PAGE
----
Outside/In gets upside down on energy efficiency

Has Outside/In been dragged into the Upside Down?

It is a question posed with the deepest respect for the New Hampshire Public Radio program hosted by Sam Evans-Brown.

Outside/In is about “the natural world and how we use it.” The stories are as vivid and compelling as the unnatural world – the Upside Down -- which the Duffer Brothers created for their Netflix series Stranger Things.

The nine episodes of Stranger Things 2 and the four episodes of Powerline, a series within the Outside/In oeuvre, have little in common beyond roughly contemporaneous release dates.  The Duffer Brothers are concerned with the fictional town of Hawkins, Indiana and its struggle against sinister forces from another dimension.  Outside/In is concerned with Hydro Quebec.

“Powerline” alludes to the fact that Hydro Quebec hopes to ship 1,090 megawatts of electricity from dams in northern Quebec to electricity users in Massachusetts via the proposed Northern Pass transmission line that Eversource proposes to slice through New Hampshire lengthwise.  While the discussion in New Hampshire has focused on how that would affect the Granite State, Outside/In has done listeners the service of tracing the power to its source.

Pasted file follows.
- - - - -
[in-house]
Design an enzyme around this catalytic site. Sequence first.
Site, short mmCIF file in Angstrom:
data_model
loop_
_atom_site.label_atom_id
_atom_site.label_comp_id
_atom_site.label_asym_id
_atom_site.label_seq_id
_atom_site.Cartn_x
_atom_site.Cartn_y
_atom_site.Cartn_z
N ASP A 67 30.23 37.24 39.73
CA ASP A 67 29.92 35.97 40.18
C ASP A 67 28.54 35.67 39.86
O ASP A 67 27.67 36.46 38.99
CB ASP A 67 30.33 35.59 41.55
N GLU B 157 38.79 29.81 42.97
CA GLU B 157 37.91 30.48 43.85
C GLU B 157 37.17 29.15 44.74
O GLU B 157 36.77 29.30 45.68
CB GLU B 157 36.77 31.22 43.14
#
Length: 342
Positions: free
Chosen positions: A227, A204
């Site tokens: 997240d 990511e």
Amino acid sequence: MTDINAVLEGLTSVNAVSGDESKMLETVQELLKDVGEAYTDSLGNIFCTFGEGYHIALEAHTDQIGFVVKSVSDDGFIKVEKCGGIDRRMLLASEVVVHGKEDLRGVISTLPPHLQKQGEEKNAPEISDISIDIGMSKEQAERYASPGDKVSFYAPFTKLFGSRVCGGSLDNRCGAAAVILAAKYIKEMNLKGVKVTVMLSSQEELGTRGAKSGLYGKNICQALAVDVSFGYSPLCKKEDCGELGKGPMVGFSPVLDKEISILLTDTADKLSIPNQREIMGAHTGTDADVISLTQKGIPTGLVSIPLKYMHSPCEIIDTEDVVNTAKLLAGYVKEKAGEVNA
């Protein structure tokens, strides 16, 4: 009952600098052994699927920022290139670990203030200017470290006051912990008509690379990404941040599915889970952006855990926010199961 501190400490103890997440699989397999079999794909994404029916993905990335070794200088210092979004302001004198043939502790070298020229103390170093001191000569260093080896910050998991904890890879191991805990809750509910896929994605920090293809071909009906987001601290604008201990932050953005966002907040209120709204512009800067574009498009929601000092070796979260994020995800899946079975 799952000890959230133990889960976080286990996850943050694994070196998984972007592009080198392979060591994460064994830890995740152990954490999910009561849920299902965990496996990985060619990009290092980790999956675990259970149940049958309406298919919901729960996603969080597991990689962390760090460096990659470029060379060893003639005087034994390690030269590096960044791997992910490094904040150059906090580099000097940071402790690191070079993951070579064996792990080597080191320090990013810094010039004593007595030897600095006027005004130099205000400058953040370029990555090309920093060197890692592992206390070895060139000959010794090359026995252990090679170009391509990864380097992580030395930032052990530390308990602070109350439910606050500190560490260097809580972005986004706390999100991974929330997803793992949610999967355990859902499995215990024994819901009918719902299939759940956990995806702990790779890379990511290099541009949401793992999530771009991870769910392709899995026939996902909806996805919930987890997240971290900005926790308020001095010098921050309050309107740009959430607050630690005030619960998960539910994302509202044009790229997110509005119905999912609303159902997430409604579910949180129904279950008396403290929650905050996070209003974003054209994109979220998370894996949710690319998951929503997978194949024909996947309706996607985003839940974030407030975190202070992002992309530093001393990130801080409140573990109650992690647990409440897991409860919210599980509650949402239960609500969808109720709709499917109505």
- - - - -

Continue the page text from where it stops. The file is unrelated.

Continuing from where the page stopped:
The Outside/In production team did not just do that physically, by driving some 20 hours north of Montreal to check out some of Hydro Quebec’s biggest generation facilities.  They traced the political source of the hydropower as well, by telling the story of how the Quebecois quest for self-determinism clashed with the First Nations – i.e., the native people who were dispossessed as the provincially owned utility flooded thousands of acres of land to create the Hydro Quebec empire.

This is radio at its finest – an important story, previously untold, in mostly the real voices of the people who have lived the struggle. We’ve come a long way from Lake Wobegone.

What, then, gives rise to the concern that Sam and his co-host for the Powerline series, Hannah McCarthy, have let themselves be sucked into some alternative reality?  It’s the way they opened, and then closed, their final episode.